Ten years have passed since Rio 1992. It is encouraging to see the broadening concern not only for environmental issues, but for humanist issues as well. We are becoming aware that the consciousness of every species that lives and breathes on this fragile blue-green planet is important in the balance of life.
Notwithstanding, the nature of our world has changed considerably in recent times. Science has radically altered our physical environment — but has it broadened our conceptual landscape? The transition to global sustainability still requires urgent attention, and the failure to reach a consensus in Bali (2002) underscores the seriousness of this year’s (2002) UN Global Summit in Johannesburg.
Planetary change is not new. Our planet has experienced repeated cycles of global warming, ice ages and geological cataclysms. Scientists are now realizing that past geological history may give us clues to a larger future history which can be roughly charted through new fields of paleobiology and evolutionary biology. What is also being acknowleged is that the profound environmental changes we are seeing will affect the very survival of humankind during the next fifty years.
From a global perspective, it is clear that the human future on planet Earth depends crucially on three simple things, first and foremost of which is our relationships with the environment and its resources (the managerial perspective). This connection is intertwined with our relationship to the world around us (the global perspective) and, just as important, our relationships with our “selves” and each other (the human perspective).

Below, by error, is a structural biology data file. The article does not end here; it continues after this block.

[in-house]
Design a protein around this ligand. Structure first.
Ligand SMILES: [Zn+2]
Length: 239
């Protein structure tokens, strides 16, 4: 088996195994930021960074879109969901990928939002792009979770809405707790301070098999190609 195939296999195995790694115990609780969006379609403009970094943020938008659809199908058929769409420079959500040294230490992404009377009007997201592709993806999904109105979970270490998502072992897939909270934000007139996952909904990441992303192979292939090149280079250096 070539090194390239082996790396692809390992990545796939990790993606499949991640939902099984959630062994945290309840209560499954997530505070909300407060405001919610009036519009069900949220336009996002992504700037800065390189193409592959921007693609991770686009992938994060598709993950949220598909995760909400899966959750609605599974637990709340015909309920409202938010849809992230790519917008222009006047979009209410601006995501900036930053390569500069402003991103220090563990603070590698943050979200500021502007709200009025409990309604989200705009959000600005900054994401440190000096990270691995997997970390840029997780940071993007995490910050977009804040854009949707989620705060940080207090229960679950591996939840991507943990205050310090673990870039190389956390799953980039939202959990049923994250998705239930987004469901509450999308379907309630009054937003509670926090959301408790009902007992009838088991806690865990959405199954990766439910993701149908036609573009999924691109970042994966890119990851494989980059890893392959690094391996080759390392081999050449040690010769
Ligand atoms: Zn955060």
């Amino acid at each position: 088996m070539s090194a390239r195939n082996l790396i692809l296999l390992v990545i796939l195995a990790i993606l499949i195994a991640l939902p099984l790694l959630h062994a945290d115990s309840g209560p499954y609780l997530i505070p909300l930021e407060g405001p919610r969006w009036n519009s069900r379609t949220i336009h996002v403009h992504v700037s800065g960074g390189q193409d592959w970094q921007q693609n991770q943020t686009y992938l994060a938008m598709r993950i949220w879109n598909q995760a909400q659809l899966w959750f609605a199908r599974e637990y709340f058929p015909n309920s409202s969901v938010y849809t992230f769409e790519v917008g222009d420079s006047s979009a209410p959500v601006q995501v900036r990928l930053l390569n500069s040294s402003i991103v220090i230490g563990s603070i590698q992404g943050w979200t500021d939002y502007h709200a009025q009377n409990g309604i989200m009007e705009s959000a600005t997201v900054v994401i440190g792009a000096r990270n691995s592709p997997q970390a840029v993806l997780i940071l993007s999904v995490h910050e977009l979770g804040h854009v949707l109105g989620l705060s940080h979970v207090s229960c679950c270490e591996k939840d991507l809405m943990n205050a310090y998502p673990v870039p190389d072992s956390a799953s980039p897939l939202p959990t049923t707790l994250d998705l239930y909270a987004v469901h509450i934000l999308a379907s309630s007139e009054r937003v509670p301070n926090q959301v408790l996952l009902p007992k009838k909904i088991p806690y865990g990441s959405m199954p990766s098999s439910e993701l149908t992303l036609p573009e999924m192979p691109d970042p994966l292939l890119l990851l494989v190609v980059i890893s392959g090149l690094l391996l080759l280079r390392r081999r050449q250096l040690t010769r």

We are beginning to grasp the many forces that surround us, yet new paradigms are still required. The challenge of the quantum shift will be to re-orientate individuals and social organizations to consciously undergo the positive change that is even now giving birth to the next important extension of life. The potential of our collective brains is probably infinite. In fact, many of us already sense the emergence of the “thinking” and “feeling” environmental changes which seem to be pulsating their way into more and more individual psyches around the globe. The degree of our success will depend on our intent as critical mass. Today’s concerns about a sustainable development of the biosphere and life in space are part of a long philosophical tradition found in arcane texts and written about by the prophet Daniel, who prepares us with the words: “Knowledge will speed up” and righteous humanity can be “numbered with the thinking stars of higher intelligence.”
— J.J. Hurtak, Ph.D., Ph.D.
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